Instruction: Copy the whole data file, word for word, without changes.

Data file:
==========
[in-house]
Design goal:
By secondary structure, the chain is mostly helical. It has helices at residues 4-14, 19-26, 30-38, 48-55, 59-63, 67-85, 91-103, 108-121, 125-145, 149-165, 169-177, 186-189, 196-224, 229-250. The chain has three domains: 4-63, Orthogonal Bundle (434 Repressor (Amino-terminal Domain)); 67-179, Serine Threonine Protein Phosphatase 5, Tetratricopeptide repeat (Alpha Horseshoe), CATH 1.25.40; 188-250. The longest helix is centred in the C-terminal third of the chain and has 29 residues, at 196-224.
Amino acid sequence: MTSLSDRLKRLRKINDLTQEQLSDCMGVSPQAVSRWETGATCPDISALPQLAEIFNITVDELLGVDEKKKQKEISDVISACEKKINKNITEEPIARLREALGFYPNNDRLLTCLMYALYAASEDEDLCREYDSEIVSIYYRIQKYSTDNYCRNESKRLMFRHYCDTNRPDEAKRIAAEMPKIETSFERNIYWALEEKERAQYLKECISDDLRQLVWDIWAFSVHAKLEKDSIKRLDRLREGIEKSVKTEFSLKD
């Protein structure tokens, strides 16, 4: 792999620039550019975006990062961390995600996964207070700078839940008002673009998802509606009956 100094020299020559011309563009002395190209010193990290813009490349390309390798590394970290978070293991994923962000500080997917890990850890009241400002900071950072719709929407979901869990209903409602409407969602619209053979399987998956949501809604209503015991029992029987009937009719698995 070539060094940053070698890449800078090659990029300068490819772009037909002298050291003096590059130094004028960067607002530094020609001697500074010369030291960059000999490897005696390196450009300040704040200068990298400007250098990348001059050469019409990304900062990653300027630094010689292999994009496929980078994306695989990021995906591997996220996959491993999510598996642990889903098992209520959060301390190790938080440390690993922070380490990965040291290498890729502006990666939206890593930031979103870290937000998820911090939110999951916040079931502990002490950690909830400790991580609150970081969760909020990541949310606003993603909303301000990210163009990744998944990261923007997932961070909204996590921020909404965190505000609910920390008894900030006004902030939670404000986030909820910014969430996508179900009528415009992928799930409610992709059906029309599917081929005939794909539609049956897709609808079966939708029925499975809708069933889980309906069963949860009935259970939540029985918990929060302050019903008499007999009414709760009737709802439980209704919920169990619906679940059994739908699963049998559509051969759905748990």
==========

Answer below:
[in-house]
Design goal:
By secondary structure, the chain is mostly helical. It has helices at residues 4-14, 19-26, 30-38, 48-55, 59-63, 67-85, 91-103, 108-121, 125-145, 149-165, 169-177, 186-189, 196-224, 229-250. The chain has three domains: 4-63, Orthogonal Bundle (434 Repressor (Amino-terminal Domain)); 67-179, Serine Threonine Protein Phosphatase 5, Tetratricopeptide repeat (Alpha Horseshoe), CATH 1.25.40; 188-250. The longest helix is centred in the C-terminal third of the chain and has 29 residues, at 196-224.
Amino acid sequence: MTSLSDRLKRLRKINDLTQEQLSDCMGVSPQAVSRWETGATCPDISALPQLAEIFNITVDELLGVDEKKKQKEISDVISACEKKINKNITEEPIARLREALGFYPNNDRLLTCLMYALYAASEDEDLCREYDSEIVSIYYRIQKYSTDNYCRNESKRLMFRHYCDTNRPDEAKRIAAEMPKIETSFERNIYWALEEKERAQYLKECISDDLRQLVWDIWAFSVHAKLEKDSIKRLDRLREGIEKSVKTEFSLKD
């Protein structure tokens, strides 16, 4: 792999620039550019975006990062961390995600996964207070700078839940008002673009998802509606009956 100094020299020559011309563009002395190209010193990290813009490349390309390798590394970290978070293991994923962000500080997917890990850890009241400002900071950072719709929407979901869990209903409602409407969602619209053979399987998956949501809604209503015991029992029987009937009719698995 070539060094940053070698890449800078090659990029300068490819772009037909002298050291003096590059130094004028960067607002530094020609001697500074010369030291960059000999490897005696390196450009300040704040200068990298400007250098990348001059050469019409990304900062990653300027630094010689292999994009496929980078994306695989990021995906591997996220996959491993999510598996642990889903098992209520959060301390190790938080440390690993922070380490990965040291290498890729502006990666939206890593930031979103870290937000998820911090939110999951916040079931502990002490950690909830400790991580609150970081969760909020990541949310606003993603909303301000990210163009990744998944990261923007997932961070909204996590921020909404965190505000609910920390008894900030006004902030939670404000986030909820910014969430996508179900009528415009992928799930409610992709059906029309599917081929005939794909539609049956897709609808079966939708029925499975809708069933889980309906069963949860009935259970939540029985918990929060302050019903008499007999009414709760009737709802439980209704919920169990619906679940059994739908699963049998559509051969759905748990």